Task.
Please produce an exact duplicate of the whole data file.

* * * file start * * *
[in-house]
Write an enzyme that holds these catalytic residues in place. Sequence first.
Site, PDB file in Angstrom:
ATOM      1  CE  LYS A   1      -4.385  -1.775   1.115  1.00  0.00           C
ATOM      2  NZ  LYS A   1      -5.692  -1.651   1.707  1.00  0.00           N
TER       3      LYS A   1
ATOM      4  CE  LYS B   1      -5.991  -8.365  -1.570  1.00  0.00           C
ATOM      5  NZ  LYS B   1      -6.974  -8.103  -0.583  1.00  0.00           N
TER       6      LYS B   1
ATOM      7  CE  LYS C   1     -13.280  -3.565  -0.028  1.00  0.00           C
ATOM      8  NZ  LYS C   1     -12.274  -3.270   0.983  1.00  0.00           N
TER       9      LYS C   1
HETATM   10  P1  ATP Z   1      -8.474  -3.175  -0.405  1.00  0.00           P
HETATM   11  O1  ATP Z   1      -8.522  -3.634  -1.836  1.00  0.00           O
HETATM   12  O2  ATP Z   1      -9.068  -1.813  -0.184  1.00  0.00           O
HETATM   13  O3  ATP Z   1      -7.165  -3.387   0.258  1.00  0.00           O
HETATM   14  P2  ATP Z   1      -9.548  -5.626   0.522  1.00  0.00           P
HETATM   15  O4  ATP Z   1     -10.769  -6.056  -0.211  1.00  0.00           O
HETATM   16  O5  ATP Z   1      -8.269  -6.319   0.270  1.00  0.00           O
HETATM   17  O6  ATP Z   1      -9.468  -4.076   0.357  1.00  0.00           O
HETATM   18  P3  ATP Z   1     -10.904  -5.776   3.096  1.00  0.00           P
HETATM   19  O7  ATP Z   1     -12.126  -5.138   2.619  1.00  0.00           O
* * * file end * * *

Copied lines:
[in-house]
Write an enzyme that holds these catalytic residues in place. Sequence first.
Site, PDB file in Angstrom:
ATOM      1  CE  LYS A   1      -4.385  -1.775   1.115  1.00  0.00           C
ATOM      2  NZ  LYS A   1      -5.692  -1.651   1.707  1.00  0.00           N
TER       3      LYS A   1
ATOM      4  CE  LYS B   1      -5.991  -8.365  -1.570  1.00  0.00           C
ATOM      5  NZ  LYS B   1      -6.974  -8.103  -0.583  1.00  0.00           N
TER       6      LYS B   1
ATOM      7  CE  LYS C   1     -13.280  -3.565  -0.028  1.00  0.00           C
ATOM      8  NZ  LYS C   1     -12.274  -3.270   0.983  1.00  0.00           N
TER       9      LYS C   1
HETATM   10  P1  ATP Z   1      -8.474  -3.175  -0.405  1.00  0.00           P
HETATM   11  O1  ATP Z   1      -8.522  -3.634  -1.836  1.00  0.00           O
HETATM   12  O2  ATP Z   1      -9.068  -1.813  -0.184  1.00  0.00           O
HETATM   13  O3  ATP Z   1      -7.165  -3.387   0.258  1.00  0.00           O
HETATM   14  P2  ATP Z   1      -9.548  -5.626   0.522  1.00  0.00           P
HETATM   15  O4  ATP Z   1     -10.769  -6.056  -0.211  1.00  0.00           O
HETATM   16  O5  ATP Z   1      -8.269  -6.319   0.270  1.00  0.00           O
HETATM   17  O6  ATP Z   1      -9.468  -4.076   0.357  1.00  0.00           O
HETATM   18  P3  ATP Z   1     -10.904  -5.776   3.096  1.00  0.00           P
HETATM   19  O7  ATP Z   1     -12.126  -5.138   2.619  1.00  0.00           O